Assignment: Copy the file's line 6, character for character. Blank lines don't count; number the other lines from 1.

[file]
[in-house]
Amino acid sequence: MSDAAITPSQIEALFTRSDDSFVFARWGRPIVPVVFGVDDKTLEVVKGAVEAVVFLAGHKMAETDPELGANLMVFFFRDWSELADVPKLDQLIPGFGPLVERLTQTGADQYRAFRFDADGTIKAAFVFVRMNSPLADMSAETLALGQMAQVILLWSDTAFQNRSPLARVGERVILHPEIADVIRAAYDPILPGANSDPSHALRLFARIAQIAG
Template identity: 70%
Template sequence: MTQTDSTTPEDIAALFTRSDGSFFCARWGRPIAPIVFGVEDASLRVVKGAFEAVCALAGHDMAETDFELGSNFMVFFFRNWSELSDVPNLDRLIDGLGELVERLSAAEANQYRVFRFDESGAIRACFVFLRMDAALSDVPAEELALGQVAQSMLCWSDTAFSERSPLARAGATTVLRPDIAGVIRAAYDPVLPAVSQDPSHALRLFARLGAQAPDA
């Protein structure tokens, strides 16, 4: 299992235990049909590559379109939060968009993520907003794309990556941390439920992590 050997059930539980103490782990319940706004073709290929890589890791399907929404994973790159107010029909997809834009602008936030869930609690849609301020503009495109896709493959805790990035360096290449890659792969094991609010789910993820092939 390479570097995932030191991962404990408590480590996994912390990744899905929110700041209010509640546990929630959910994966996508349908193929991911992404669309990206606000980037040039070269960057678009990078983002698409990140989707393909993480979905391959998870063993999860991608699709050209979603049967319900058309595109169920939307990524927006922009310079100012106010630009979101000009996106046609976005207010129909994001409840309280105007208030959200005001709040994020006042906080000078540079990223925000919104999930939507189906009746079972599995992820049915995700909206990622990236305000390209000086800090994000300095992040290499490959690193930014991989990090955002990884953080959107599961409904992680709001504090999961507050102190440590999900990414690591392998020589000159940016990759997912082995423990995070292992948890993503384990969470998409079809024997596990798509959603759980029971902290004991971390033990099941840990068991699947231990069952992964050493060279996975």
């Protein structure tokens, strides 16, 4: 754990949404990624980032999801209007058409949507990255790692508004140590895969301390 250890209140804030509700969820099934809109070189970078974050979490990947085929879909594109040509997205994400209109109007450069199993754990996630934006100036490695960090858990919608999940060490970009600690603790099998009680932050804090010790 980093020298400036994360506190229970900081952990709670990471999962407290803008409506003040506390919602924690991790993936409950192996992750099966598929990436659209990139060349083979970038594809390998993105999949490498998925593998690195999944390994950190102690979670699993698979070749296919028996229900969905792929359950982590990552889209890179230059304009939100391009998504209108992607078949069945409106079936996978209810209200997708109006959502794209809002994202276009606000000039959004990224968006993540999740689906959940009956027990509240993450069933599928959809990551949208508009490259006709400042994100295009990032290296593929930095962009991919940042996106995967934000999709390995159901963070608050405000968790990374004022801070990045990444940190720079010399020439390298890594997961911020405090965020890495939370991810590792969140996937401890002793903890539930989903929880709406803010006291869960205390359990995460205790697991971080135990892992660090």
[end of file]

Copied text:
């Protein structure tokens, strides 16, 4: 754990949404990624980032999801209007058409949507990255790692508004140590895969301390 250890209140804030509700969820099934809109070189970078974050979490990947085929879909594109040509997205994400209109109007450069199993754990996630934006100036490695960090858990919608999940060490970009600690603790099998009680932050804090010790 980093020298400036994360506190229970900081952990709670990471999962407290803008409506003040506390919602924690991790993936409950192996992750099966598929990436659209990139060349083979970038594809390998993105999949490498998925593998690195999944390994950190102690979670699993698979070749296919028996229900969905792929359950982590990552889209890179230059304009939100391009998504209108992607078949069945409106079936996978209810209200997708109006959502794209809002994202276009606000000039959004990224968006993540999740689906959940009956027990509240993450069933599928959809990551949208508009490259006709400042994100295009990032290296593929930095962009991919940042996106995967934000999709390995159901963070608050405000968790990374004022801070990045990444940190720079010399020439390298890594997961911020405090965020890495939370991810590792969140996937401890002793903890539930989903929880709406803010006291869960205390359990995460205790697991971080135990892992660090």